This year (2009) alone 94 federally insured banks have failed. The Federal Deposit Insurance Corporation (FDIC) has identified 416 banks and thrifts that are currently in trouble.
The FDIC currently insures over 8,000 banks and thrifts in the United States. The FDIC expects the list of banks in trouble to continue to grow this year.
So how do you know if your bank is at risk? There are few tell tale signs that your bank maybe in trouble. They include:
- Recent employee layoffs or cutbacks
- Eliminating dividends to shareholders
- Not accepting loan applications
- Generous offers to increase business with the bank
- Offering high interest rates far above the current market rates
However, don’t panic if you have less that $250,000 with your bank if your suspect it maybe in trouble. The FDIC currently insures deposits up to $250,000. If you have over $250,000, you should immediately remove your money from that bank.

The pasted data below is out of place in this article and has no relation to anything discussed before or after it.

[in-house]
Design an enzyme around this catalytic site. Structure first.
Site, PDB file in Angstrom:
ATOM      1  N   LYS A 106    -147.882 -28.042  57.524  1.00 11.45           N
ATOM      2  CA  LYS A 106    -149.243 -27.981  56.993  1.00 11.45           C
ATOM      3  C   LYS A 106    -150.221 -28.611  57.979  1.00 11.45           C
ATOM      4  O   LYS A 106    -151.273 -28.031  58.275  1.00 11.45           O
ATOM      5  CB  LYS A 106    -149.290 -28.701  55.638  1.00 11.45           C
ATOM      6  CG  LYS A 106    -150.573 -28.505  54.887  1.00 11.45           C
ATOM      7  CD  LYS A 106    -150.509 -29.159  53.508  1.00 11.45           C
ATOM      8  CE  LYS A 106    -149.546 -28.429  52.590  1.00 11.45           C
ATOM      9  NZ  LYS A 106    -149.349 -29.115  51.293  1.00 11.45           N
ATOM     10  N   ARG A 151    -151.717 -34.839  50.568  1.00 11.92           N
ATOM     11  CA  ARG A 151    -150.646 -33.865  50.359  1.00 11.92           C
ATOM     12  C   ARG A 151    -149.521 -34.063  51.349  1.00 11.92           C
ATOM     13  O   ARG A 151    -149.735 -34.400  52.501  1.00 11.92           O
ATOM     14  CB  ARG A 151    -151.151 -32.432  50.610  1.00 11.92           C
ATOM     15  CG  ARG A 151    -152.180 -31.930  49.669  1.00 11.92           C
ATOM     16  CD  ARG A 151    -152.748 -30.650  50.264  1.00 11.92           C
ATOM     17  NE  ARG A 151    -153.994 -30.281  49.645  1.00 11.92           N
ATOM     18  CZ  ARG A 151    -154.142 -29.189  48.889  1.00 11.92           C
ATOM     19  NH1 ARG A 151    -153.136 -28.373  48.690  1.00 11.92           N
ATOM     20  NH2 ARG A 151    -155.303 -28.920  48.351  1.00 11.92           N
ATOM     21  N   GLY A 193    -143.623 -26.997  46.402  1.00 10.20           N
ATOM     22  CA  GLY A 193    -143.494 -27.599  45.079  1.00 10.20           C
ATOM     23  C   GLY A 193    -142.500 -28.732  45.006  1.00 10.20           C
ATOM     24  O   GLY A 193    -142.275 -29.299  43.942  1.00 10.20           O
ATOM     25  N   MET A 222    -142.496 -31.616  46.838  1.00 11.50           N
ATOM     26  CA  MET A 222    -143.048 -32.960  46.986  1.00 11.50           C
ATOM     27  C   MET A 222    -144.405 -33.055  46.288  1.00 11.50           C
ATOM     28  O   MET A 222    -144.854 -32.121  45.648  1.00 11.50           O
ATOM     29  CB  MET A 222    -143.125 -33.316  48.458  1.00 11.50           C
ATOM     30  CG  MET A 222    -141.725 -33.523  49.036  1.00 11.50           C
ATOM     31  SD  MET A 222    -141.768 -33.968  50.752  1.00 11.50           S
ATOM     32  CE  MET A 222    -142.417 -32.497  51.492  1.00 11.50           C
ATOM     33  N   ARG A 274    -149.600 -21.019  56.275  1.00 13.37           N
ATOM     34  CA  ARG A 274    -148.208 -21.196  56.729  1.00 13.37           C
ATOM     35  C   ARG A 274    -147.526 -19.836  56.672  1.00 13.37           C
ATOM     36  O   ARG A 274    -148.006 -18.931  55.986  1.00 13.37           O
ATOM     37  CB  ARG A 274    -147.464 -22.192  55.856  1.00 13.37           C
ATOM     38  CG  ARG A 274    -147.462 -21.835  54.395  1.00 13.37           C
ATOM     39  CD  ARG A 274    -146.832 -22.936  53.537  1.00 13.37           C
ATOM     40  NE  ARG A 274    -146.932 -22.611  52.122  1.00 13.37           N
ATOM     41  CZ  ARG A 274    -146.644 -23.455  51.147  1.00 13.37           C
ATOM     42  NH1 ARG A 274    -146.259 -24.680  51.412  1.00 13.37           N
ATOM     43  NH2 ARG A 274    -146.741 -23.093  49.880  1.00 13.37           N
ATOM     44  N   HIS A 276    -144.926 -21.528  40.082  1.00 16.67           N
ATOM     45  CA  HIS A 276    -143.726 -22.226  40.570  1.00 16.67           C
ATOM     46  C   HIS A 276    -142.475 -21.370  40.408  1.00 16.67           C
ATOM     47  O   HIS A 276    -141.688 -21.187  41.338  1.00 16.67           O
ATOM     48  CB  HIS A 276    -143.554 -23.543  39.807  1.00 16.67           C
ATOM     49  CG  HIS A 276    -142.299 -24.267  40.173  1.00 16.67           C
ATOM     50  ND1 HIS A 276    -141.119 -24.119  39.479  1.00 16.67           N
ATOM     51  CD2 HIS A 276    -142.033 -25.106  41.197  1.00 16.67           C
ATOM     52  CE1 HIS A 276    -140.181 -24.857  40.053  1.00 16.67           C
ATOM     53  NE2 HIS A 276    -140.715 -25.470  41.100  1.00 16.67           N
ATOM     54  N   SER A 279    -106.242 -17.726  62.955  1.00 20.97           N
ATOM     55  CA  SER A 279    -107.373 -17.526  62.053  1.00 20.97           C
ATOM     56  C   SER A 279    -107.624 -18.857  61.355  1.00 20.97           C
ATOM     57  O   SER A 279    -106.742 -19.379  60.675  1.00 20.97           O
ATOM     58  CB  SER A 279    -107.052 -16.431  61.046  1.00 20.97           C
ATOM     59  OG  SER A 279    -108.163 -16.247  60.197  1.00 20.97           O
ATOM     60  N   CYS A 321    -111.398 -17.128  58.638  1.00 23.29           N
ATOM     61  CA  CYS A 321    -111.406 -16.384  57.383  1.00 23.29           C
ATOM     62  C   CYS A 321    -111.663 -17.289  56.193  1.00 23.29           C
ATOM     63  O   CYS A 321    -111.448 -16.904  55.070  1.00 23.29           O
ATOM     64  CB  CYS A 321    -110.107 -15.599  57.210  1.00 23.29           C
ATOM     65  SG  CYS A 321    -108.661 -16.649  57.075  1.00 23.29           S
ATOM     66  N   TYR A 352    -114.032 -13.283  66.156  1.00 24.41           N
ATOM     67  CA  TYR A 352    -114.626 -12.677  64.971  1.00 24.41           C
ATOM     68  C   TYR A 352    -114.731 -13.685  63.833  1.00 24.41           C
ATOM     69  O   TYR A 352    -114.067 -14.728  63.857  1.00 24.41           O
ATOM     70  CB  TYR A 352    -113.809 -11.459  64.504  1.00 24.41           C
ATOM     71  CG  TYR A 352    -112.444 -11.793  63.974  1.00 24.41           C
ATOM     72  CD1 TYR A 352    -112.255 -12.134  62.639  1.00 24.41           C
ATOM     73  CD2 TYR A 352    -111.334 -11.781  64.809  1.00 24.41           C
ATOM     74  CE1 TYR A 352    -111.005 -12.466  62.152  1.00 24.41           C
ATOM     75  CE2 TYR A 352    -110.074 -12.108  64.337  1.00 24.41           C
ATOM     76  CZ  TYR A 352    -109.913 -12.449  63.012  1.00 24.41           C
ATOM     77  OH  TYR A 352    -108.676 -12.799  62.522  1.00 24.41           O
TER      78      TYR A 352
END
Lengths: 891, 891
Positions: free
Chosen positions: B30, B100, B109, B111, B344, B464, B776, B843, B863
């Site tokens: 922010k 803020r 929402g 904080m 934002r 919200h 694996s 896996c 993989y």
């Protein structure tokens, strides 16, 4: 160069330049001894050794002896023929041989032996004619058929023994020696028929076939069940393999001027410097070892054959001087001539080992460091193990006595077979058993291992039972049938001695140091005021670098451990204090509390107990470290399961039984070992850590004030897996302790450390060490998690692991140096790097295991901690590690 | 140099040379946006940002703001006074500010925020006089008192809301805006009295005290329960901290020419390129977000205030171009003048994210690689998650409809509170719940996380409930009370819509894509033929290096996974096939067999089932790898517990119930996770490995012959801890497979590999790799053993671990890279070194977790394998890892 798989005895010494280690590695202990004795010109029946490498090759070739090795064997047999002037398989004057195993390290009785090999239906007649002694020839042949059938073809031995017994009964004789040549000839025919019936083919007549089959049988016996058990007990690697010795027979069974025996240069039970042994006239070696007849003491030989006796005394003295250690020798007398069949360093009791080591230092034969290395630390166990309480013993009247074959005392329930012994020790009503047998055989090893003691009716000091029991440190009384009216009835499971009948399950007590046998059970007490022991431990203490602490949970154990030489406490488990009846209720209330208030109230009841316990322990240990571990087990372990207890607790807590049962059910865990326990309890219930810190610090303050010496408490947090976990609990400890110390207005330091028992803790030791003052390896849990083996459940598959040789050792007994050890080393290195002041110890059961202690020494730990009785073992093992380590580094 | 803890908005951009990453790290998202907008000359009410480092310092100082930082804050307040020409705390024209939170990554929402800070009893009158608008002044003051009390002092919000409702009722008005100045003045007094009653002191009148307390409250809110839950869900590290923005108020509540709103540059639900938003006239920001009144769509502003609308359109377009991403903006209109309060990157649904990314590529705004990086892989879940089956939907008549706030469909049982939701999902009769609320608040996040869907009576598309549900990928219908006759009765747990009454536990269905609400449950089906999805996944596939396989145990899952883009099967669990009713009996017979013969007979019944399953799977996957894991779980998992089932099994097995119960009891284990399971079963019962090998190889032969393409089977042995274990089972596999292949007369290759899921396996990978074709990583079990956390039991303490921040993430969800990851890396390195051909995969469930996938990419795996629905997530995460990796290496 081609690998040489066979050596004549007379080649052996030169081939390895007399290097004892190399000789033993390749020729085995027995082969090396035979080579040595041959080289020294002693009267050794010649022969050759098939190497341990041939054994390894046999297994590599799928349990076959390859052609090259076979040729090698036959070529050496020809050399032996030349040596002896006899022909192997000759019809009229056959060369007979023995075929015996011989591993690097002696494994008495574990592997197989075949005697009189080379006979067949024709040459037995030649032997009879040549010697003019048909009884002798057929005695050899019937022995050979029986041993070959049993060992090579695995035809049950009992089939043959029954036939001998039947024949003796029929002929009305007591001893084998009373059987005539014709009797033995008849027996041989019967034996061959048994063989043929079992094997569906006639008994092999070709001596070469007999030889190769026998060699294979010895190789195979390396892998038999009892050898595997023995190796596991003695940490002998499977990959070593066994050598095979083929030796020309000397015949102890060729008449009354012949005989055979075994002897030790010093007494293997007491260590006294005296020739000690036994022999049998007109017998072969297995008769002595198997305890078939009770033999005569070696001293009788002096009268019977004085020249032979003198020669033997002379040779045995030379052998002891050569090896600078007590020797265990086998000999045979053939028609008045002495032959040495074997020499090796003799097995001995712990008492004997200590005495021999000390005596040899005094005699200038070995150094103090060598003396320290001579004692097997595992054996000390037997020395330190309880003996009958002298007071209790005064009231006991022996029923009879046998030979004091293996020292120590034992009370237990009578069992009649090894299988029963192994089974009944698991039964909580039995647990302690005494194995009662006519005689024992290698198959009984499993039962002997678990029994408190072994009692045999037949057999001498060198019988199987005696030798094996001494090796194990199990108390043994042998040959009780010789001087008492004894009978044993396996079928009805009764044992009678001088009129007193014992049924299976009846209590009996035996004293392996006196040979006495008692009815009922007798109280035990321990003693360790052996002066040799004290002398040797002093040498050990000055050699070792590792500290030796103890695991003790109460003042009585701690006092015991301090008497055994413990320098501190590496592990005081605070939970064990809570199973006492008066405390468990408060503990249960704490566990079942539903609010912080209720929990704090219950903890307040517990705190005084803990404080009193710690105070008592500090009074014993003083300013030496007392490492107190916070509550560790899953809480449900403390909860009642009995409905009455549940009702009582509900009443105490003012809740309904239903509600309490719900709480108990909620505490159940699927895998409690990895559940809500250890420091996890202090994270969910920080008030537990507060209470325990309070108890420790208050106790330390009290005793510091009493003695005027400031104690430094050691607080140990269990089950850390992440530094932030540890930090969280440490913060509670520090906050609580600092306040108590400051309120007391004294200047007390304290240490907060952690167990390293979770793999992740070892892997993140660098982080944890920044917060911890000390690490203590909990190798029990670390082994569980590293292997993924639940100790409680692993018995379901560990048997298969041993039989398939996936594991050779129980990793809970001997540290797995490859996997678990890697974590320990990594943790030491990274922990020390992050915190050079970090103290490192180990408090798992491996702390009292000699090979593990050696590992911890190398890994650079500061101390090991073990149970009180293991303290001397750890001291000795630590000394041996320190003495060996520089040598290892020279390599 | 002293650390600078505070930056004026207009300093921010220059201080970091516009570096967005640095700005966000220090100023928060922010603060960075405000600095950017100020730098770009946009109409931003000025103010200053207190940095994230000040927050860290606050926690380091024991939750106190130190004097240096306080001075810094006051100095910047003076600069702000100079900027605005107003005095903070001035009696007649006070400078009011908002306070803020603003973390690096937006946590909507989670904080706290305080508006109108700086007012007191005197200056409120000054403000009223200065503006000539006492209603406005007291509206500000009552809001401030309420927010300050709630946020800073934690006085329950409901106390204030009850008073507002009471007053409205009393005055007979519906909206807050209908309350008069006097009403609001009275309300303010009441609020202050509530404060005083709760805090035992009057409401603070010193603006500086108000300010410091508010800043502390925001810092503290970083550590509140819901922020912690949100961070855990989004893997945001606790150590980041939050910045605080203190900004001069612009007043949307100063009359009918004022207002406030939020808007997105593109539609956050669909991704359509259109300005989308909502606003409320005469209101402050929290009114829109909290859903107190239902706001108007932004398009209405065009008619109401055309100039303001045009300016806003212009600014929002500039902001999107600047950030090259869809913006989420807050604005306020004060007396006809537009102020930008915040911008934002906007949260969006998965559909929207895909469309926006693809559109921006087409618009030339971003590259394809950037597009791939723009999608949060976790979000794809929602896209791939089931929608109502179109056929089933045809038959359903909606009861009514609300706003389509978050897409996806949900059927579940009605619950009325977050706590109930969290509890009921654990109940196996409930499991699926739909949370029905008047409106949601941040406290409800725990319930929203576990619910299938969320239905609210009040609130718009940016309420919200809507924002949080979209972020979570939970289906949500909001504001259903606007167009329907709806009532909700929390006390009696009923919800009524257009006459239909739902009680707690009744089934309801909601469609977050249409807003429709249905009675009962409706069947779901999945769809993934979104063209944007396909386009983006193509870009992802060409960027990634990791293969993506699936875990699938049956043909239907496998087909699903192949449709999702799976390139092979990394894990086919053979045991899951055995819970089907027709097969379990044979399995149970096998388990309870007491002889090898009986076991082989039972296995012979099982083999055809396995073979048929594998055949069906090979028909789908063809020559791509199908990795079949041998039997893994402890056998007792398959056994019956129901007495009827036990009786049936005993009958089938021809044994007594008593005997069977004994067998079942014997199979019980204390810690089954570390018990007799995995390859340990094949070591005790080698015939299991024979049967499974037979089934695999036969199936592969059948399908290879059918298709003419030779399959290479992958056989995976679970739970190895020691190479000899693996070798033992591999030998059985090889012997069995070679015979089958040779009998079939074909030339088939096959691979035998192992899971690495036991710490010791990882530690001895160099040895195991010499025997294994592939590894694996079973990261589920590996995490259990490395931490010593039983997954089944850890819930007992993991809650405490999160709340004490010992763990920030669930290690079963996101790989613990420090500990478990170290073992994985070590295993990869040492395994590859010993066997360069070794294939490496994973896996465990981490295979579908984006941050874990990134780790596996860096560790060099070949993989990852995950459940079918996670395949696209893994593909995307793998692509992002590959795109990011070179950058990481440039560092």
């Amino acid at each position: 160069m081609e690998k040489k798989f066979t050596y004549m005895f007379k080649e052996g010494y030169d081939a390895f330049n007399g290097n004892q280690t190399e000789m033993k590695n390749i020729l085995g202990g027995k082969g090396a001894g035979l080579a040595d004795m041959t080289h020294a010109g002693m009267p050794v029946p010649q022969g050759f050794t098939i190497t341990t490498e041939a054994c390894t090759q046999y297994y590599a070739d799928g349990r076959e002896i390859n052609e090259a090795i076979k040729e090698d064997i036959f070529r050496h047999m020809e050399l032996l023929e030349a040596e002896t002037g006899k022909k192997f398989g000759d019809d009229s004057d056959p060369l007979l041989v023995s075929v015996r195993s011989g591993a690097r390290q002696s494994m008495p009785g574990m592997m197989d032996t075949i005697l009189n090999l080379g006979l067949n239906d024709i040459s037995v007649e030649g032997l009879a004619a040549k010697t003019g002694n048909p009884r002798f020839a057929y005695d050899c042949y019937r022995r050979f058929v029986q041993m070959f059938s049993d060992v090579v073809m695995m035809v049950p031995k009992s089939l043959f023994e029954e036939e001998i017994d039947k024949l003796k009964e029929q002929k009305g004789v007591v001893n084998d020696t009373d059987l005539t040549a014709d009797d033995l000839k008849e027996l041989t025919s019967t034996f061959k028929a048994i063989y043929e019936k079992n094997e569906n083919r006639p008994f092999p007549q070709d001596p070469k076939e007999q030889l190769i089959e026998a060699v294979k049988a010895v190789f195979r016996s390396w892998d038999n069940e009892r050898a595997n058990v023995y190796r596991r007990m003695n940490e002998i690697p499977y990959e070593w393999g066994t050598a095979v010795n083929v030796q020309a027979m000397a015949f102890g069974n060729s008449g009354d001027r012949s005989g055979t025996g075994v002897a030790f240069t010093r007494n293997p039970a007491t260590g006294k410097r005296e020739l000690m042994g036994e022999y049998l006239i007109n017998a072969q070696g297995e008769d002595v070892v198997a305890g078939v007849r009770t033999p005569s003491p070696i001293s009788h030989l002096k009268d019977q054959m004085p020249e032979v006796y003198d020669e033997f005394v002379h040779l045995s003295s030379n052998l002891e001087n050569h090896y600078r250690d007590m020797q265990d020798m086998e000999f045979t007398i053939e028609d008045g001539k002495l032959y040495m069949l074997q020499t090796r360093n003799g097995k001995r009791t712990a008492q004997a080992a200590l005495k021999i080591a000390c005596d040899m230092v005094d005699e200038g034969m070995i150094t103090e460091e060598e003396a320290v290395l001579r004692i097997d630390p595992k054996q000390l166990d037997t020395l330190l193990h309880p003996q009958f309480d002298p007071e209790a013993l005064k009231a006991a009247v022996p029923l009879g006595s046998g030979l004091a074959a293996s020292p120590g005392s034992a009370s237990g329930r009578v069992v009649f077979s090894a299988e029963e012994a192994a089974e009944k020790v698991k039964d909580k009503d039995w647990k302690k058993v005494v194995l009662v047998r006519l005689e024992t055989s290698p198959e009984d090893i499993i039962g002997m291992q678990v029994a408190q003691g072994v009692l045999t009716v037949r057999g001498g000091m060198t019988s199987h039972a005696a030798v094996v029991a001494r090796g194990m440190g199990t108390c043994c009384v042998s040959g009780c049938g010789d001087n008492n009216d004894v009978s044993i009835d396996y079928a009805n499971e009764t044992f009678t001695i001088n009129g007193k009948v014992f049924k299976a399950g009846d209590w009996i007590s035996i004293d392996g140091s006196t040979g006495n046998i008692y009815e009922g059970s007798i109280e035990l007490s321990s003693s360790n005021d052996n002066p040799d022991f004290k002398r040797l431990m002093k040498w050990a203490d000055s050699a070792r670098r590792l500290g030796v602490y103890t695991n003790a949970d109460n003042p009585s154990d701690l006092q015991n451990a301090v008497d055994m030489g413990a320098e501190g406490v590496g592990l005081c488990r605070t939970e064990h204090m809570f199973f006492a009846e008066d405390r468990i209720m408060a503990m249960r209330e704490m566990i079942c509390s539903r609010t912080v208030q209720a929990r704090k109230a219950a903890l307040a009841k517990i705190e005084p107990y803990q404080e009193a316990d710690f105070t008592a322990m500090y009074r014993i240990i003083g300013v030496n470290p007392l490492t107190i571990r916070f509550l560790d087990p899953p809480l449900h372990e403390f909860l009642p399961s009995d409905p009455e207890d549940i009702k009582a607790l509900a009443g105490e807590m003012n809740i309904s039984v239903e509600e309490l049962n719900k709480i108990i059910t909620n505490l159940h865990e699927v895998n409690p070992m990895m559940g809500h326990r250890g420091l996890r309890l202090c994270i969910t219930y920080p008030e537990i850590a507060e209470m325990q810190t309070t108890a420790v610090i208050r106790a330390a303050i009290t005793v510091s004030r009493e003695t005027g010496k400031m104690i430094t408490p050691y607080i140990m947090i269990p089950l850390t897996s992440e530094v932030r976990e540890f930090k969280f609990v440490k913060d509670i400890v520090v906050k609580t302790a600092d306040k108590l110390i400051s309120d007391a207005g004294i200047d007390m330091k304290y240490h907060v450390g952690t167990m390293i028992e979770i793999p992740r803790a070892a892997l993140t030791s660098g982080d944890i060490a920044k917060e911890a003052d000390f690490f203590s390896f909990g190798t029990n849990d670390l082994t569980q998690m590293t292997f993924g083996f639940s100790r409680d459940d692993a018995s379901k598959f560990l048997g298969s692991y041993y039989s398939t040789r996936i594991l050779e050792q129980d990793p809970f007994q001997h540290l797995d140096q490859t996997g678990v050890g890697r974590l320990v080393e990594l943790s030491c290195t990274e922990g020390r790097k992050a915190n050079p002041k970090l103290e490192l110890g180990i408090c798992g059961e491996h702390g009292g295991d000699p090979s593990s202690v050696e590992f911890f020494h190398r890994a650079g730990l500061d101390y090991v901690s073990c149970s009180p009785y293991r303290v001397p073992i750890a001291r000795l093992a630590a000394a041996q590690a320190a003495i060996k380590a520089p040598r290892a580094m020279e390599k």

The FDIC doesn’t make public banks they consider in trouble, however, you can check your bank safety rating at BankRate.com.
You can also look up your banks financials at Sec.gov companysearch.html and search for your bank to review their 10K, 10Q and 8K filings.
Finally, you can check the FDIC’s Electronic Deposit Insurance Estimator (EDIE) which is an interactive application that allows you to calculate the insurance coverage of your accounts at each FDIC-insured bank.
Related Article: Video: How the FDIC Takes Over a Failed Bank